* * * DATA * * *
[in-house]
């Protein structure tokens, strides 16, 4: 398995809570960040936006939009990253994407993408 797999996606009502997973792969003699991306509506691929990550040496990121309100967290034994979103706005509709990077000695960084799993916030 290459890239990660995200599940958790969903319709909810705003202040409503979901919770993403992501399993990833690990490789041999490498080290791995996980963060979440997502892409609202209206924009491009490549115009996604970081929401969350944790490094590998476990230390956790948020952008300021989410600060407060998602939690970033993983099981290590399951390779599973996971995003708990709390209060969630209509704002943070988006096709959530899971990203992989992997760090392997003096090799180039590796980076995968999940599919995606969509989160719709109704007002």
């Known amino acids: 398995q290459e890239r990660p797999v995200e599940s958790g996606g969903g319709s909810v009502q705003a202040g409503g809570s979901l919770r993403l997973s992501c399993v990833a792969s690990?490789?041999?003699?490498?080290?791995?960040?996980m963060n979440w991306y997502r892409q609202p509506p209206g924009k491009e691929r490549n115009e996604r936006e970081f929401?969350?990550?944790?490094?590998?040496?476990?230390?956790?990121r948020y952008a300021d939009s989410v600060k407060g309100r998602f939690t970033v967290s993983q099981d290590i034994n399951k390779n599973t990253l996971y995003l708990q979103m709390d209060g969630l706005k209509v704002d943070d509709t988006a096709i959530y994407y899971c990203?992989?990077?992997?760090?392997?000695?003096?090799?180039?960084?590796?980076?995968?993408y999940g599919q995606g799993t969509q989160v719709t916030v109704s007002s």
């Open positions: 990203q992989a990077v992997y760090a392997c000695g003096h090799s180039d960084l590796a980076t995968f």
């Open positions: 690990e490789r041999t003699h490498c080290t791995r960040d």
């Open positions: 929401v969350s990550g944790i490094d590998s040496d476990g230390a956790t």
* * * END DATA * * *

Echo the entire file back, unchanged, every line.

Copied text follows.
[in-house]
């Protein structure tokens, strides 16, 4: 398995809570960040936006939009990253994407993408 797999996606009502997973792969003699991306509506691929990550040496990121309100967290034994979103706005509709990077000695960084799993916030 290459890239990660995200599940958790969903319709909810705003202040409503979901919770993403992501399993990833690990490789041999490498080290791995996980963060979440997502892409609202209206924009491009490549115009996604970081929401969350944790490094590998476990230390956790948020952008300021989410600060407060998602939690970033993983099981290590399951390779599973996971995003708990709390209060969630209509704002943070988006096709959530899971990203992989992997760090392997003096090799180039590796980076995968999940599919995606969509989160719709109704007002």
């Known amino acids: 398995q290459e890239r990660p797999v995200e599940s958790g996606g969903g319709s909810v009502q705003a202040g409503g809570s979901l919770r993403l997973s992501c399993v990833a792969s690990?490789?041999?003699?490498?080290?791995?960040?996980m963060n979440w991306y997502r892409q609202p509506p209206g924009k491009e691929r490549n115009e996604r936006e970081f929401?969350?990550?944790?490094?590998?040496?476990?230390?956790?990121r948020y952008a300021d939009s989410v600060k407060g309100r998602f939690t970033v967290s993983q099981d290590i034994n399951k390779n599973t990253l996971y995003l708990q979103m709390d209060g969630l706005k209509v704002d943070d509709t988006a096709i959530y994407y899971c990203?992989?990077?992997?760090?392997?000695?003096?090799?180039?960084?590796?980076?995968?993408y999940g599919q995606g799993t969509q989160v719709t916030v109704s007002s």
């Open positions: 990203q992989a990077v992997y760090a392997c000695g003096h090799s180039d960084l590796a980076t995968f």
């Open positions: 690990e490789r041999t003699h490498c080290t791995r960040d």
């Open positions: 929401v969350s990550g944790i490094d590998s040496d476990g230390a956790t």